Newsletters
News & Information for Technology Purchasers NewsFactor Sites:       NewsFactor.com     Enterprise Security Today     CRM Daily     Business Report     Sci-Tech Today  
   
This ad will display for the next 20 seconds. Click for more information, or
Home Enterprise I.T. Cloud Computing Applications Hardware More Topics...
Eliminate costly downtime!
Find out how with Free White Paper
& enter to win a Samsung Galaxy Note

www.apc.com
Apple/Mac
24/7/365 Network Uptime!
Average Rating:
Rate this article:  
Samsung: $2.2B Excessive for Apple Patents
Samsung: $2.2B Excessive for Apple Patents

By Seth Fitzgerald
April 22, 2014 10:41AM

    Bookmark and Share
If Samsung hadn't copied Apple's patents, its phones would not have been successful. Without the five features tied to the patents Apple alleges Samsung infringed, Samsung probably would not sell many phones. If these features weren't important why would Samsung copy them? asked Rob Enderle, principal analyst at the Enderle Group.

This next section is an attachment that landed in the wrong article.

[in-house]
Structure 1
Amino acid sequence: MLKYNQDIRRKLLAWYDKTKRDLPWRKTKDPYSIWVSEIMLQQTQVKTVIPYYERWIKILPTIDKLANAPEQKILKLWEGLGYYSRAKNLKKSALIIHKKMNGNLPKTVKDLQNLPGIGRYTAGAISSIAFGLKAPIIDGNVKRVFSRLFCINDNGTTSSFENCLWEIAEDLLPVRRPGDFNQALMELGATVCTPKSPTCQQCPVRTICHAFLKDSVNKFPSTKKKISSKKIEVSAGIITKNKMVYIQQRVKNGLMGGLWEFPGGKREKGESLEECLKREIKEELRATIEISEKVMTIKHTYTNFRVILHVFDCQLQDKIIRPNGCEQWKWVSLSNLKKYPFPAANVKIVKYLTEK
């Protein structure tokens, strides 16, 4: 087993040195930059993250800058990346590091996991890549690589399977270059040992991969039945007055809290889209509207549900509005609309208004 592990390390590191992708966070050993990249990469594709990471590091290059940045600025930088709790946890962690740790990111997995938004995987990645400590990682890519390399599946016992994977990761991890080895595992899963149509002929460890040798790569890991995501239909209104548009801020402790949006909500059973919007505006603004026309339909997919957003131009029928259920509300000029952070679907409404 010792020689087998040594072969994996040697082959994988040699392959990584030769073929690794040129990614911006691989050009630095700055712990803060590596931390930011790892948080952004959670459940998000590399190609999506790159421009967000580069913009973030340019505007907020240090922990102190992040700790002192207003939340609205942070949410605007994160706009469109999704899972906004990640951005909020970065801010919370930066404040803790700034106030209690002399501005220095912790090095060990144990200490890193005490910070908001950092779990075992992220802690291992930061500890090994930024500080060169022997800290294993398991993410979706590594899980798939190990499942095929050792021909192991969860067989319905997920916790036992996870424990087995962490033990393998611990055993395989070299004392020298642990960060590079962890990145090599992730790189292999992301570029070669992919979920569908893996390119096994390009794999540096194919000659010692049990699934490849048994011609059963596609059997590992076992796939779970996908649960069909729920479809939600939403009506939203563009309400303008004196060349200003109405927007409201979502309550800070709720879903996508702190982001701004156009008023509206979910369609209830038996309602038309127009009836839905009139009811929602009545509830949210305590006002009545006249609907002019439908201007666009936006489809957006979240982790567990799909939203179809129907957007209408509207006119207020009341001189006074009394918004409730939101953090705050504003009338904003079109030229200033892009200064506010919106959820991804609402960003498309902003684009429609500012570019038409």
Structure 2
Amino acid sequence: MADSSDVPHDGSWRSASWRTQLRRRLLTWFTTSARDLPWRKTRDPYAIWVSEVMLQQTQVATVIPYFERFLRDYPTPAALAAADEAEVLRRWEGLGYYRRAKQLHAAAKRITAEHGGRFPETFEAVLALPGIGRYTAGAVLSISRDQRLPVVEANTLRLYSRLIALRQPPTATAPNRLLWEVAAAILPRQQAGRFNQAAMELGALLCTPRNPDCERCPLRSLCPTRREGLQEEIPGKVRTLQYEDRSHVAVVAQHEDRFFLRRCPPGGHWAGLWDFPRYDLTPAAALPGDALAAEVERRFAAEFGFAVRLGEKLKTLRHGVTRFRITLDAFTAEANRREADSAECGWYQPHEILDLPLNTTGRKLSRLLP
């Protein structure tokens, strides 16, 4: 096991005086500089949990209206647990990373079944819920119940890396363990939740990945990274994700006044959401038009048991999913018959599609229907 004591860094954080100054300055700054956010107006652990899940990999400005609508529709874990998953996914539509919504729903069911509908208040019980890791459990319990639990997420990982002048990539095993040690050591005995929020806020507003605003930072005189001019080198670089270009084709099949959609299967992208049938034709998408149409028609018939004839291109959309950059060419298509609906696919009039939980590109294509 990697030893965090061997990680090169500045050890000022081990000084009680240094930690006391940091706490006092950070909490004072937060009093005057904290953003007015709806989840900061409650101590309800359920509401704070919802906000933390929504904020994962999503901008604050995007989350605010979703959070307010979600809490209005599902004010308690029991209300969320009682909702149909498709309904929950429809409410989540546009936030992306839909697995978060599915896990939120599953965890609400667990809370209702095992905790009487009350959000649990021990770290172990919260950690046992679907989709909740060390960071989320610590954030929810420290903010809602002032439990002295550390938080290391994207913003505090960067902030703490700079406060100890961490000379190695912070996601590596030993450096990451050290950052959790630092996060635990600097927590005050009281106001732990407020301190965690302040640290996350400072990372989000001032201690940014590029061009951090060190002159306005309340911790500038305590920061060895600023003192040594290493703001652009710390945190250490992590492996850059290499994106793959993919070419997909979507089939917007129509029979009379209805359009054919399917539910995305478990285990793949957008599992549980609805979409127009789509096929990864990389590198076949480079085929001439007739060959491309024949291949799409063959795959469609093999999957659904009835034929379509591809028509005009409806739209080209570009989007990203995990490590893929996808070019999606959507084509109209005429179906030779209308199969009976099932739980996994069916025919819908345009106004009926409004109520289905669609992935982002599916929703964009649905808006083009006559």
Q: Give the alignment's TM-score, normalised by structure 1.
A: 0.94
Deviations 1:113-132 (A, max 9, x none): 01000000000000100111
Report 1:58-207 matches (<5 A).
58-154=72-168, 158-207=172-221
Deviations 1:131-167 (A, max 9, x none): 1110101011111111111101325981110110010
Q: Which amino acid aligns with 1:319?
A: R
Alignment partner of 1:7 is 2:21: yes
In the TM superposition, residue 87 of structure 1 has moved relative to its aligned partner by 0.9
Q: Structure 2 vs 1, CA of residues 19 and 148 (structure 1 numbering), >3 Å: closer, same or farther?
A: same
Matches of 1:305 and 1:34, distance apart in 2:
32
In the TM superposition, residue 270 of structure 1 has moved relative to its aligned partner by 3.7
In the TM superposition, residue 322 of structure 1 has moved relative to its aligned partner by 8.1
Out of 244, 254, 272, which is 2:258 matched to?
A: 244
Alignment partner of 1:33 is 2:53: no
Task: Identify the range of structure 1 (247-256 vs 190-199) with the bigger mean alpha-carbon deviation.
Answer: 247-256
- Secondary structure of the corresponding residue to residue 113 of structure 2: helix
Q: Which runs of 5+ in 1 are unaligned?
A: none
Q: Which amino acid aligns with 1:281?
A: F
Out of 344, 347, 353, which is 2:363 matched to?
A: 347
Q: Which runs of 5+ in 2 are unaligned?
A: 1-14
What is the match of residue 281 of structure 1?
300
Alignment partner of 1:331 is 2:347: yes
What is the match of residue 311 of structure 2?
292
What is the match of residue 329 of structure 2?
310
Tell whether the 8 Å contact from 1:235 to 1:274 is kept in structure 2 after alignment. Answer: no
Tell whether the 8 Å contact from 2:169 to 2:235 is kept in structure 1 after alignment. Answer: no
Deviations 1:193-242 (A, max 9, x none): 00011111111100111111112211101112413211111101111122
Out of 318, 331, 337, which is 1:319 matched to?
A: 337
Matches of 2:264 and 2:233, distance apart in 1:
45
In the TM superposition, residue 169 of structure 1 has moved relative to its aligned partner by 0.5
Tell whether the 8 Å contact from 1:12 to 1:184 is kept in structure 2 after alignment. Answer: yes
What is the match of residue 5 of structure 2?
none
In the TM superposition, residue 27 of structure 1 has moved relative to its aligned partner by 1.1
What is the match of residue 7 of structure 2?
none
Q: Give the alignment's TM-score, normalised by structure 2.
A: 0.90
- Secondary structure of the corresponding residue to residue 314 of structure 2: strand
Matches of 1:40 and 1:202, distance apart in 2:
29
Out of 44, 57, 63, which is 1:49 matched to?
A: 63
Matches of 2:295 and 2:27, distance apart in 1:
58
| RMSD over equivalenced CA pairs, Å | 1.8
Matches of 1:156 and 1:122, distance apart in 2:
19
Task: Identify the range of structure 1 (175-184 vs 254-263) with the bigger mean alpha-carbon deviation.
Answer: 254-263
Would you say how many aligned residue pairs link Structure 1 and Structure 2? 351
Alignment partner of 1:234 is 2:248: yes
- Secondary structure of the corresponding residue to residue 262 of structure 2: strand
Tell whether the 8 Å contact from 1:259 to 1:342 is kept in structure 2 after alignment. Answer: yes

As the trial between Samsung and Apple heats up, the Korean tech giant is claiming that Apple’s FaceTime video chat service infringes on a Samsung patent that covers the transmission of video over cellular networks.

Michael Freeman, who was originally awarded the video transmission patent, took the stand on behalf of Samsung. Freeman explained that his invention finally allowed videos to be sent across cell networks, something that was very difficult in 1994 when the patent was filed. Since FaceTime operates in a similar way, it may technically be infringing upon the patent, but that is up to the jury to decide.